Blame Game Continues

The Centre has to stop half-hearted measures to ensure peace in the Valley

Fayaz Bukhari

‘Operation All Out’ has resumed in Kashmir after suspension of anti-militancy operations during the Muslim holy month of Ramzan. The effort on part of the Centre clearly failed as the ceasefire seemed to have been a half-hearted effort.

Union home minister Rajnath Singh with former chief minister Mehbooba Mufti

Both the Separatist groups and militants didn’t respond to the Centre’s effort, making it clear that the Modi government had done no groundwork before launching the offer. It had not taken the Separatists or Pakistan into confidence before it made the announcement. This was clear as militants intensified their attacks during Ramzan to show their displeasure, finally leading to the killing of senior journalist and editor of Rising Kashmir, Shujaat Bukhari.

The National Democratic Alliance (NDA) government at the Centre blamed the militants for intensifying attacks, killing army man Aurangzeb and murdering Shujaat Bukhari. However, journalist Iftikhar Geelani attributed Bukhari’s killing to a diatribe launched against him for Track-II conference held in Dubai in July last year. Geelani, who also attended the conference, has written that Hurriyat Conference (G) had issued a summary of proceedings which included support for a dialogue, silencing the guns along the Line of Control (LC), taking interim measures, promoting connectivity and garnering support for resumption and sustainability of the peace process between India and Pakistan.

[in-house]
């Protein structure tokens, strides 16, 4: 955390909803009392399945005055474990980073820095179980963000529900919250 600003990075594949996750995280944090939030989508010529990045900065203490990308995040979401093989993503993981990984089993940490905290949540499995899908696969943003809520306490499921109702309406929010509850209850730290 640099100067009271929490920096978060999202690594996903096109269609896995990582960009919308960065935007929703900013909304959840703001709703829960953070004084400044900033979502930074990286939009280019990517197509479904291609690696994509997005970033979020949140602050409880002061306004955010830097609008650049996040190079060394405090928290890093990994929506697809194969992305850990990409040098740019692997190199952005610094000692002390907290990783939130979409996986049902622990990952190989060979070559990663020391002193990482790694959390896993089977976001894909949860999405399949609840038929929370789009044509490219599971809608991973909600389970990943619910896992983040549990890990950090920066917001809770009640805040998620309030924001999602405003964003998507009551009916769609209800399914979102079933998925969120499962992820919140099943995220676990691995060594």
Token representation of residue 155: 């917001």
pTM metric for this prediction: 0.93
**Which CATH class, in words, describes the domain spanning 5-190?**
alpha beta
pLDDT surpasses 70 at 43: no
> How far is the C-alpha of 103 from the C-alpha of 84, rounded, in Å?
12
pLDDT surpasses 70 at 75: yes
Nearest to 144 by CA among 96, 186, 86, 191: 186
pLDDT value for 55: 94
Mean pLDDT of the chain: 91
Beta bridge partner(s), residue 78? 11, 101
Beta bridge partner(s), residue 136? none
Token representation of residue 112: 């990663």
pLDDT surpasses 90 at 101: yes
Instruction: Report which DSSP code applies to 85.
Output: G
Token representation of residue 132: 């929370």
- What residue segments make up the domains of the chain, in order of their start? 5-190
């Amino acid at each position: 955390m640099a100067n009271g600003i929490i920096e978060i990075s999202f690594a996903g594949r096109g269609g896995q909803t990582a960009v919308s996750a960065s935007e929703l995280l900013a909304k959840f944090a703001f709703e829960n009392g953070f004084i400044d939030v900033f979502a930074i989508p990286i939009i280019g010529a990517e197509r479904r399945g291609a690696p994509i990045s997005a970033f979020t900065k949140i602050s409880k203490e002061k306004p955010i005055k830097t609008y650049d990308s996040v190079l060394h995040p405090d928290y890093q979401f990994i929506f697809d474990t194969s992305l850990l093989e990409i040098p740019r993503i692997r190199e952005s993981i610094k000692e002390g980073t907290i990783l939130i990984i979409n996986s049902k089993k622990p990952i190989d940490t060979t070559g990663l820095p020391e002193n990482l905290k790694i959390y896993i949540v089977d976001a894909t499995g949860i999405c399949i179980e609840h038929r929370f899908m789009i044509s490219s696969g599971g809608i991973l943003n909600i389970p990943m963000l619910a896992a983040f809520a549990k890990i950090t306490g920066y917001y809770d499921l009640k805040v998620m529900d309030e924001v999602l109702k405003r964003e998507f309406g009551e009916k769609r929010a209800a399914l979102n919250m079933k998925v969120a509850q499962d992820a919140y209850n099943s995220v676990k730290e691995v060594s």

He further writes that there was nothing in the proceedings that called for such a dastardly murder. “After a lot of hue and cry, Hizbul Mujahideen chief Syed Salahuddin, in an interview, termed all those who had participated in the conference as ‘paid agents’. His diatribe was echoed by United Jihad Council and later by the Lashkar-e-Toiba (LeT),” he writes. The Hurriyat Conference (G) also issued a statement saying that the outfit will probe all those who attended the conference.

These statements indicate that last year’s Dubai Track-II conference also seemed to be a one-sided effort. In both the cases Pakistan or the Separatists were not taken into confidence which is clear from the statements made by Hizbul Mujahideen chief Syed Salahuddin, Lashkar-e-Toiba and Hurriyat Conference against the conference.

Pakistan-based United Jihad Council (UJC) chief, Syed Salahuddin, in a statement described both the ceasefire and talks offer as ‘hoax’ because there had been no let-up in the killing spree by Indian troops during the holy month. “Had there been some seriousness and good intention behind these offers, militant leadership would certainly have given positive response,” he said, adding ‘talks for the sake of talks’ had miserably failed in the past.

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